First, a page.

Shalom Auslander wins 2013 Wingate Prize

"God-wise, I'm kinda fucked".

Last night Shalom Auslander was awarded the 2013 Jewish Quarterly-Wingate Prize for his novel Hope: A Tragedy. The £4000 prize, for "Jewish and non-Jewish writers that explore themes of Jewish concern", was awarded to Auslander as part of Jewish Book Week, which will run at King's Place until the end of the week.

During Auslander's skyped acceptance speech he expressing shock that the prize didn't go to Juno Diaz or Hilary Mantel, "since she seems to win everything". He also witheld thanks from God, his editor, the academy and anyone else involved.

Hope: A Tragedy centres on Solomon Kugel, a down-at-heel office jobber and pschotheraphy patient, attempting to protect his family from the horrors of the world, urban and historical. Kugel has bought a house in the country, as did Auslander, while preparing to write the book. "I’ve moved to the country but there’s nowhere to walk after dinner," he told the New Statesman's culture editor Jonathan Derbyshire last year. "Your idea of nature is postcards, nice trees, but it’s fucking violent. I’m on a cliff and the winds from November to March just blast at the house relentlessly. Animals, bears, even the deer, are like fucking gang members where I live. You think, 'Oh, it’s deer,' and then they look at you and you think, 'This thing is going to kill me if I go near the faun.'"

To add to his woes, Kugel finds that a portion of the house is already occupied. Typing and feasting on matzos in the attic is a beleagured and catatonic Anne Frank, tirelessly struggling with the follow-up to her first and only hit: the diary. Auslander recalls visiting his agent shortly after finishing the manuscript. She asked him:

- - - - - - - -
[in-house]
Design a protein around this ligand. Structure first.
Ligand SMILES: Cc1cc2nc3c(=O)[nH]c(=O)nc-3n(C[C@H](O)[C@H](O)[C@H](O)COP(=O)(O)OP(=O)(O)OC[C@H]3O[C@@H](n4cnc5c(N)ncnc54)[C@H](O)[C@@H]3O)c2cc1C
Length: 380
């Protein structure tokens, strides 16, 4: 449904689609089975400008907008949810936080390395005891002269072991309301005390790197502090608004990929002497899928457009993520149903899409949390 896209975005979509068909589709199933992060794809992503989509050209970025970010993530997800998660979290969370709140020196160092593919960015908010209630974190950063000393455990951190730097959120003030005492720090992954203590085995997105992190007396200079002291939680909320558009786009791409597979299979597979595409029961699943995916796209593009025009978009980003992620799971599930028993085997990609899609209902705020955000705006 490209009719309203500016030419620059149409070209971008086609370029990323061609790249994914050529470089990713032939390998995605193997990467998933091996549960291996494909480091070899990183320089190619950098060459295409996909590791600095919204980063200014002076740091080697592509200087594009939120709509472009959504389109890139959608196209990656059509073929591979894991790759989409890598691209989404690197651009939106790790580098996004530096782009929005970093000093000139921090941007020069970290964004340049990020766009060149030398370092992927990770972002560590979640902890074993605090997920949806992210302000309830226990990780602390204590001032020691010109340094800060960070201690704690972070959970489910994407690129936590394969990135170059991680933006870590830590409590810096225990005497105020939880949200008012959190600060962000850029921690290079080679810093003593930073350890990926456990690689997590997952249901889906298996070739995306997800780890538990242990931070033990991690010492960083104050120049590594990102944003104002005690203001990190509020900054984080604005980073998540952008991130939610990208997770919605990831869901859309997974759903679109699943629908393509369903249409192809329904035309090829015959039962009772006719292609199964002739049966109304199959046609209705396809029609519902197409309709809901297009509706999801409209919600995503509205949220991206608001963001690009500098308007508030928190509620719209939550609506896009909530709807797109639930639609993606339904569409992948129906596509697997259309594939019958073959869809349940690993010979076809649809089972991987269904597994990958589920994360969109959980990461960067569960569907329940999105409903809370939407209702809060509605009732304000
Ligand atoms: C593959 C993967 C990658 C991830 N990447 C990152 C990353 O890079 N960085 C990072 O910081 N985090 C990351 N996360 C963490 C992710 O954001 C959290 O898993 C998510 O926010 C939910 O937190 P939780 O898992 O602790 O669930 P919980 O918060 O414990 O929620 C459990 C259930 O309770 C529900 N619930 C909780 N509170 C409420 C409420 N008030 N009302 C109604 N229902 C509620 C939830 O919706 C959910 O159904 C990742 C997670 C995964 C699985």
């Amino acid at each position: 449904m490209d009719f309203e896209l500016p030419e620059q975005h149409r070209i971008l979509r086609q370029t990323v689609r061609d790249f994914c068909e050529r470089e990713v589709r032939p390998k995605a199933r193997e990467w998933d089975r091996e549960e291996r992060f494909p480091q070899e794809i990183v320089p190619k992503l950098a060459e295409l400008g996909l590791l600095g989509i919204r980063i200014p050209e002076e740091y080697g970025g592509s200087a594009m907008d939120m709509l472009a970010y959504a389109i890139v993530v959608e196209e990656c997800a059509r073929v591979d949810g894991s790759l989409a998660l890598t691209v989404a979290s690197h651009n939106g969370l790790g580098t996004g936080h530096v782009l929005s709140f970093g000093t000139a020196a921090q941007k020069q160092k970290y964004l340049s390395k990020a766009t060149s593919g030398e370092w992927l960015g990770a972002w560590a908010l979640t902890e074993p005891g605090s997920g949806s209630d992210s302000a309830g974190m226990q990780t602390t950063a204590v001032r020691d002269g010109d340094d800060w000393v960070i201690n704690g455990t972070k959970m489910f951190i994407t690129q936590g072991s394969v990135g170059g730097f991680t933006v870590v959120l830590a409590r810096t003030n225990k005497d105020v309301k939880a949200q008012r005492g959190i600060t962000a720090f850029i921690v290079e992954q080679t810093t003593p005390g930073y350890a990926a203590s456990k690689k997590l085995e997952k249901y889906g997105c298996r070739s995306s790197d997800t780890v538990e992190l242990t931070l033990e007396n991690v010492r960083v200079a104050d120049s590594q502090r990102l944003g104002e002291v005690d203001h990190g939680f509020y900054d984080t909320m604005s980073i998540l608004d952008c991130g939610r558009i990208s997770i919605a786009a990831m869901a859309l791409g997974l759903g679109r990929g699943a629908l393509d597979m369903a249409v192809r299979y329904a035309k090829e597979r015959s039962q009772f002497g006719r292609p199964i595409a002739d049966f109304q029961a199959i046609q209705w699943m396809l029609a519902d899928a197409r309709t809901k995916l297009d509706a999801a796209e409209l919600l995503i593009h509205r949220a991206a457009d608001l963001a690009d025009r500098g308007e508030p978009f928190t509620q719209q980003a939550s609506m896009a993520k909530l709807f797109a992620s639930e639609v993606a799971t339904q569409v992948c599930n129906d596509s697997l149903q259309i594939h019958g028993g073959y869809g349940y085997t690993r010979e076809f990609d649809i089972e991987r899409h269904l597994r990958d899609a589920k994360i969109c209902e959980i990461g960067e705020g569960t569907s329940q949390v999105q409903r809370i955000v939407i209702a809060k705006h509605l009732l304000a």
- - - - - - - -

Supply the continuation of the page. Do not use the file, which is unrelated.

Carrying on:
“So is this a comment on Roth?” And I just said, “What are you talking about?” She was like, “You know, in his book where Anne Frank is alive.” My response was: “You have to be fucking kidding me.” When my memoir Foreskin’s Lament came out, it was the same: “Oh, so you’re intentionally doing Portnoy’s Complaint?” And in my head I was like, “If anything, it was Angela’s Ashes."

Hope: A Tragedy makes a plaything of the darkest moments of the 20th century. Kugel and the house's former owner, a man of German descent, wrestle the politics of evicting the century's best-loved innocent victim. "Six million he kills," Kugel thinks, unthinkably, "and this one gets away."

Click here to read the interview in full.

Shalom Auslander.

Philip Maughan is a freelance writer in Berlin and a former Assistant Editor at the New Statesman.

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We knew we’d become proper pop stars when we got a car like George Michael’s

“That was George Michael!” we both shouted. “And he was driving the car we want!”

One of the clichés about celebrity life is that all celebrities know each other. Back in the Eighties, when we were moderately famous, Ben and I did often bump into other famous people, and because of mutual recognition, there was a sort of acquaintance, if not friendship.

There was a random element to it, as well. Some celebrities you might never catch a glimpse of, while others seemed to pop up with an unexpected regularity.